New Korean Research Network looks to unite Korean scholars

A new interdisciplinary organization at the UI, called the Korean Research Network, hosted its inaugural conference over Zoom on Nov. 5 and 6. The network is a hub for professors pursuing Korea-related research in the Midwest.



Hyaeweol Choi is pictured. Photo from University of Iowa College of Liberal Arts and Sciences website.

Anthony Neri, News Reporter

Intellectual interest in Korean culture is increasing at the University of Iowa, stemming from Academy Award-winning film “Parasite” and the popularity of K-pop, said Stanley Family and Korea Foundation chair in Korean Studies Hyaeweol Choi.

Choi, also a UI professor of religious studies and gender, women’s, and sexuality studies, said this interest prompted a new Korean Research Network to connect scholars of Korean culture in Iowa and the Midwest.

Choi, who helped establish the Korean Research Network, said she went to the Korea Foundation, a South Korean nonprofit organization, with the idea in 2019 after noticing that professors of Korea-related studies had no central network to share their research.

The network would play that role, and since 2019, it has, Choi said.

“The Korean Research Network could be a useful platform for students and early career researchers to present a work-in-progress [and] get feedback, but also to be connected to fellow academics at Iowa and in the Midwest,” she said.

The Korea Foundation was eager to support the project, giving an annual $10,000, while UI International Programs gave $12,000 as seed funding to get things started, Choi said.

The network held its inaugural conference on Nov. 5 and 6 over Zoom and served as a platform for its keynote speaker David Kang, a professor of international relations and business at the University of Southern California, who spoke on North Korea’s nuclear program.

Choi said the network also has interdisciplinary aspects.

“Korean studies is very interdisciplinary, covering a large number of academic fields, such as history, gender, religion, communication, film and media studies, anthropology, sociology, and political science, among others,” she said.

Russell Ganim, UI associate provost and dean of international programs, also had a hand in initiating the network.

When he came to the UI in 2011 as the director of the division of world languages, literatures, and cultures, Ganim said he thought it necessary to expand Korean studies in the wake of the explosion of Korean pop culture across the U.S.

He said the cause of this explosion can be traced back to funding of the arts and culture by the South Korean government.

In addition to the humanities, Ganim said researchers involved in the network look at the business environment and the economic growth in Korea as well as sort of the military tensions that exist in Korea.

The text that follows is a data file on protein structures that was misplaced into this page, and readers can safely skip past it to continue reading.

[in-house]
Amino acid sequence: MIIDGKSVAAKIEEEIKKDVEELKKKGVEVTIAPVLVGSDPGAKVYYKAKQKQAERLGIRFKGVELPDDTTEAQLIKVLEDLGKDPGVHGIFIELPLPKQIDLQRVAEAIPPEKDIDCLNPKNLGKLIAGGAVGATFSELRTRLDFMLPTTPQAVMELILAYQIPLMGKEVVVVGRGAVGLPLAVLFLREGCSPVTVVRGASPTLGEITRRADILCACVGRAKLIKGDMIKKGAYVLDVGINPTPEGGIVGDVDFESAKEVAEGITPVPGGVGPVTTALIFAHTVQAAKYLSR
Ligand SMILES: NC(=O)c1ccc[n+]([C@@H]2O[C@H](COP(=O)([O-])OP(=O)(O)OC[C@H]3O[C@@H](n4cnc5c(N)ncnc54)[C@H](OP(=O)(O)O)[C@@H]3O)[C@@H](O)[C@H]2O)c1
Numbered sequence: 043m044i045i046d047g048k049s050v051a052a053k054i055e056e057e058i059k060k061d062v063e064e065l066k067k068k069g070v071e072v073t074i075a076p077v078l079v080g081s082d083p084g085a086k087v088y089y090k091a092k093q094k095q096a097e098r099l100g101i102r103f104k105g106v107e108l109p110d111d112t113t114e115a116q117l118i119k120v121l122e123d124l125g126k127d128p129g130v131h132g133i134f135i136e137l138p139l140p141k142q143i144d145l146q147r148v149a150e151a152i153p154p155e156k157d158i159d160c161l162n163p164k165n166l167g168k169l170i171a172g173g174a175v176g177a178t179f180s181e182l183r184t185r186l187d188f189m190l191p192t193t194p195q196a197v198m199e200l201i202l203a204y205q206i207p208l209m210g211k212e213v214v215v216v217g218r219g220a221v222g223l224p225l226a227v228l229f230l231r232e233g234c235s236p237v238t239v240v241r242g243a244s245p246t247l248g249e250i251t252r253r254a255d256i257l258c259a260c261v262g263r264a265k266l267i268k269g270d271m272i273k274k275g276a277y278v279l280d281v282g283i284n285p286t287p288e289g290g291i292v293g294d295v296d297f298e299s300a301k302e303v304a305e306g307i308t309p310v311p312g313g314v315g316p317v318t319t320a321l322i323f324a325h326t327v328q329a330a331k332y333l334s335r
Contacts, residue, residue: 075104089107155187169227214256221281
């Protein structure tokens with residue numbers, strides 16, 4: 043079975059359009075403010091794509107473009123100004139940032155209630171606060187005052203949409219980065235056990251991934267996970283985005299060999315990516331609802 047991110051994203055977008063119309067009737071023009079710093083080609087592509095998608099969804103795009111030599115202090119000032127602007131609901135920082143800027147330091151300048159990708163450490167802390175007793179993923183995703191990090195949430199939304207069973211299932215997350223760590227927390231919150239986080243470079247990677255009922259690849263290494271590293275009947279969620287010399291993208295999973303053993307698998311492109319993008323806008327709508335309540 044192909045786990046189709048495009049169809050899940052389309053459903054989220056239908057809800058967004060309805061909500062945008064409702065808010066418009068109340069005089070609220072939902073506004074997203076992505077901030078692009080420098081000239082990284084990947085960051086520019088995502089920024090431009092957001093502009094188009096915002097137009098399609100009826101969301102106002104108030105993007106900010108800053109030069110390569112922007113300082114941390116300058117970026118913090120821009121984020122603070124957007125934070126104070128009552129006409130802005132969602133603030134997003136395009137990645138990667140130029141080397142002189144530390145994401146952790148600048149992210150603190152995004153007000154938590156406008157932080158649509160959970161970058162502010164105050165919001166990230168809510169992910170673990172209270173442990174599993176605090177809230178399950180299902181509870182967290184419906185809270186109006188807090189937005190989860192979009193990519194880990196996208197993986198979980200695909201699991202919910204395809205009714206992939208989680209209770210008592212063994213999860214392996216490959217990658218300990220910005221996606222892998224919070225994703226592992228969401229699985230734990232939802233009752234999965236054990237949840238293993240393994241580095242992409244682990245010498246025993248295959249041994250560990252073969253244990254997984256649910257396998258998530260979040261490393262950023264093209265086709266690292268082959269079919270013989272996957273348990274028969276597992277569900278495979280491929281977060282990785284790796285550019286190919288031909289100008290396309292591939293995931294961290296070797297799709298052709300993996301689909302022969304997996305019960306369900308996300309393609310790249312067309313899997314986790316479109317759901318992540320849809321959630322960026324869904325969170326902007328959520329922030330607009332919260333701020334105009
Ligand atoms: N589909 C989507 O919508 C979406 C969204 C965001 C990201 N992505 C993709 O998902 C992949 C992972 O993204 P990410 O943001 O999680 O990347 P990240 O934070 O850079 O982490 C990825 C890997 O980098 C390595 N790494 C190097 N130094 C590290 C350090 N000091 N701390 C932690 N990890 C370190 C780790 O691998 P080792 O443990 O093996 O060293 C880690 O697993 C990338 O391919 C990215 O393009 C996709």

Additionally, Choi said the network goes beyond providing a superficial glimpse of Korean society and culture.

“There is a lot of amateurish and misinformed talk about Korea based on ungrounded knowledge or misinformation,” she said. “So, we scholars must try to provide a much more in-depth understanding of history.”

A former UI sociology student, Ji Hye Kim, is one such in-depth scholar, who presented her dissertation at a Korean Research Network lecture.

She said her research is focused on what she termed the younger “sample generation” in South Korea, who have been known to give up dating, marriage, and childbirth to a large degree.

“There’s a big trend, economic insecurity increased, so the marriage rate and childbirth rate has dropped significantly in Korea recently,” she said. “So, we want to know more about why people don’t get married and why they don’t have children, etcetera.”

Ganim said Korea’s pop-cultural prominence is not the only grounds for the creation of the new network.

“Korea has really become a player on the world stage,” he said. “Its emergence from the Korean War or really from colonization during the Second World War and before is nothing short of astounding.”

Because of its modernization and post-World War II significance, Choi said Americans can learn a lot about themselves through the study of Korean society.

“Korea, as a kind of a case, could be very relevant to our understanding of American society in general,” Choi said. “I think this comparison could give us new ideas, new perspectives, but also nowadays, we are literally interconnected globally. Any kind of regional specification does not make sense anymore.”

Choi said the Korean Research Network will host public lecture series and seminars in spring 2022, and she hopes next year’s fall conference will be in-person. Events during the spring semester, including a seminar on the #MeToo movement in February, will be posted on the Korean Research Network website.